We always look forward to a family gathering at Christmas and a ham has always been an essential feature on the Christmas table. In the past we have used brine cured hams, however this seemed to be a great opportunity to try and produce a dry cured ham that we heard is so much tastier.

Our starting point was a 7.5kg leg of pork, courtesy of Pinky (but more about this later). We rubbed a dry cure mixture into the leg which was then placed in the fridge for 4 days. Any liquid that formed during these 4 days was tipped away.

After 4 days in the fridge, the leg was rinsed and placed in a large AGA roasting tin, covered with a tent of foil and popped into the AGA simmering oven over night.

Off we went to bed and came down in the morning to a fantastically cooked leg of ham. Most of the liquid from the roasting tin was spooned off and frozen to make soup at a later date.

The next step was to remove the skin which was left in the tin as this would later prevent the glaze sticking to the roasting tin and burning.

The fat was lightly scored and studded with cloves. A mixture of 4 tablespoons of Demerara sugar with 4 tablespoons of Dijon mustard was mixed together and slathered over the top of the ham which was then returned to the bottom shelf of the roasting oven and cooked for 15 minutes to glaze.

In conclusion this was the easiest and most hassle free method that we have ever used to cooked a ham.  Not only did it look fantastic but it tasted absolutely delicious. 


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Whilst writing this blog a newspaper article came to our attention concerning the atrocious and cruel conditions in which some pigs are kept for the production of Parma ham in Italy for export to the UK.  Stories such as these often get reported and unfortunately nothing will change unless the consumer does something about it. One way that we can all contribute to the elimination of this unacceptable behaviour is to only buy meat from a trusted source. Don’t be afraid to ask a shop or restaurant where they obtain their meat – if they won’t or can’t tell you then go somewhere else. If we all adopted this approach, shops and restaurants would soon bow to public pressure and become more concerned at the quality of meat that they are selling.

At Spillers Farm we are open to 24 hour scrutiny by our B&B, holiday cottage and caravan guests who are quite welcome to take photos for posting on media websites – if only all meat producers opened themselves up to the same scrutiny!


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Our first venture at rearing pigs on Spillers Farm was such a great experience and certainly one that we shall repeat in the very near future.


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Our four little Gloucester Old Spot / Berkshire weaners became true free-rangers as we fenced off areas of our field to allow them plenty of outdoor rooting and general gallivanting space to do what pigs enjoy doing most.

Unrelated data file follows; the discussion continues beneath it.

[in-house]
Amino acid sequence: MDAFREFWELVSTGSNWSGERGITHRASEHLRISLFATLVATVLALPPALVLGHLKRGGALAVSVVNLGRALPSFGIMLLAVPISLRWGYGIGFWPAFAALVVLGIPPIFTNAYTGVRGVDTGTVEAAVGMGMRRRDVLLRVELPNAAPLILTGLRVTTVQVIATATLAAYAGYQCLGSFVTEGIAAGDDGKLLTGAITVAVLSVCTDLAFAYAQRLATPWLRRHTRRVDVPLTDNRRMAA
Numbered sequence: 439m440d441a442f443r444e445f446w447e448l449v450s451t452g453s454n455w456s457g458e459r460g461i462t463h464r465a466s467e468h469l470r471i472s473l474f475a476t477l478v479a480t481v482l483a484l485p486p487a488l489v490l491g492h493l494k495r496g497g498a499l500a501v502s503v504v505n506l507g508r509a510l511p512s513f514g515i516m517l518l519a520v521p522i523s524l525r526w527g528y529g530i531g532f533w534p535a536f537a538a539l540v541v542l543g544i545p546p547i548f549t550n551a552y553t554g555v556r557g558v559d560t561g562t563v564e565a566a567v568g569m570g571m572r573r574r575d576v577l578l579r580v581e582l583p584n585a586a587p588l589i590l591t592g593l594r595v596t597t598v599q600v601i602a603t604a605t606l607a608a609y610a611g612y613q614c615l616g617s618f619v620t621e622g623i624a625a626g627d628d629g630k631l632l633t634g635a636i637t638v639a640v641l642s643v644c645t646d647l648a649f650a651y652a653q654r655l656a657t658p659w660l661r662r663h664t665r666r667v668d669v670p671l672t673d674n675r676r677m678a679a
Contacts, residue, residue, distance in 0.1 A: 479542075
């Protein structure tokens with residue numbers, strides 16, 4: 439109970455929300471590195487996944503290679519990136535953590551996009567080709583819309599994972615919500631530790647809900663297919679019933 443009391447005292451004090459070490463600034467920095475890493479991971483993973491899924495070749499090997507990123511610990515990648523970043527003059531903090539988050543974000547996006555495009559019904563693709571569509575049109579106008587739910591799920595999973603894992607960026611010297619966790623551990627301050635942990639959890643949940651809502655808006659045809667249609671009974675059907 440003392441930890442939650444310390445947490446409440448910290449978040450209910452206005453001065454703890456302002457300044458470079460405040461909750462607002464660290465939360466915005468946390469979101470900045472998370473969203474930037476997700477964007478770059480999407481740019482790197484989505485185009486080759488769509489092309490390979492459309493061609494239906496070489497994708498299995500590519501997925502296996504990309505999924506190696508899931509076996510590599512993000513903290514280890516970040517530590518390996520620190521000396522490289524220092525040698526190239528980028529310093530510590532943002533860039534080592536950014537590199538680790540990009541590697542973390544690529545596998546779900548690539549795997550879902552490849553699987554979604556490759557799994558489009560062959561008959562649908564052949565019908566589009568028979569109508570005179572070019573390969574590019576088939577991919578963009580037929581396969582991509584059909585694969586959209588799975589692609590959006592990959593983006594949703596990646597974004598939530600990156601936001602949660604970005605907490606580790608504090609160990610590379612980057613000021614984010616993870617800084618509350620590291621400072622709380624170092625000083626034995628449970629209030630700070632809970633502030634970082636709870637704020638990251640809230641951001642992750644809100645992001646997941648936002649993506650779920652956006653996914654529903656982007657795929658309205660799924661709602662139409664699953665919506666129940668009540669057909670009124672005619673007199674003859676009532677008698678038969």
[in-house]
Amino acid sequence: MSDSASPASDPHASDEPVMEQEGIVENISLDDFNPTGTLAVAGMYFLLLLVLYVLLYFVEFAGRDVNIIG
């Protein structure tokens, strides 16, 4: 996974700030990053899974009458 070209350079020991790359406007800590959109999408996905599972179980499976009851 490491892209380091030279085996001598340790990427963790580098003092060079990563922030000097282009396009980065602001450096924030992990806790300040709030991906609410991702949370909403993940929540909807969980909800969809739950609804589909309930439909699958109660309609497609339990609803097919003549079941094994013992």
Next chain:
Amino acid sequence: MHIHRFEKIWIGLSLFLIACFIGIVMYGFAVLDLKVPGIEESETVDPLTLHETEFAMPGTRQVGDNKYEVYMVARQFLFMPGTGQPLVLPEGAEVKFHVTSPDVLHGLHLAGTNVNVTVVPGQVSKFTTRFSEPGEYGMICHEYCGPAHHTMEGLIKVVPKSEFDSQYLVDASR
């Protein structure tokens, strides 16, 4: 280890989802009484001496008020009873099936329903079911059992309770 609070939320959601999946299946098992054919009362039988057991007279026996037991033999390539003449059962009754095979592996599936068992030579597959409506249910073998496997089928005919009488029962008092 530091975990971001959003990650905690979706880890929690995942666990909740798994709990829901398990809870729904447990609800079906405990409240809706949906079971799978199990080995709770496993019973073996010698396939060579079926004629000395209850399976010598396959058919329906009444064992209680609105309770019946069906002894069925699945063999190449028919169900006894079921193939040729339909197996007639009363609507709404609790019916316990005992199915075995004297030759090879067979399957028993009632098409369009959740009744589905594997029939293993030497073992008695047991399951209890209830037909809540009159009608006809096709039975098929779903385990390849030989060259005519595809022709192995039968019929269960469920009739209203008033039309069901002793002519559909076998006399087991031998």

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Next year we are planning to let our new weaners loose in our orchard area to prepare the ground, in true piggy style, for planting 25 additional fruit trees and bushes in the Autumn. 


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Our aim at Spillers farm is, and always will be, to respect the animals that share our lives and to give them the best possible living conditions. We are confident that our pigs have a stress free and happy life and in return they give us so much fun watching them grow and flourish.


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We were warned not to name our pigs as inevitably the time comes when you have to bid them farewell and send them off to market. However we couldn’t help ourselves when our only pig with two pink ears became known as Pinky and as luck would have it Pinky was also the pig of the bunch and got to market weight first. 


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And that brings us to the next stage in the self-sufficiency cycle of life - we only eat meat from animals that have been humanely raised and preferably which we have personally got to know (and sometimes named) and had influence on how they have been raised. And if you are a meat eater, what better than our own Spillers Farm animals that have lived a true free range life in a stress free environment and which have been allowed to accumulate weight in their own natural time on natural resources and free from disease. 


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We have very fond memories of Pinky and her pals – our first piggy experience at Spillers Farm in so many ways.


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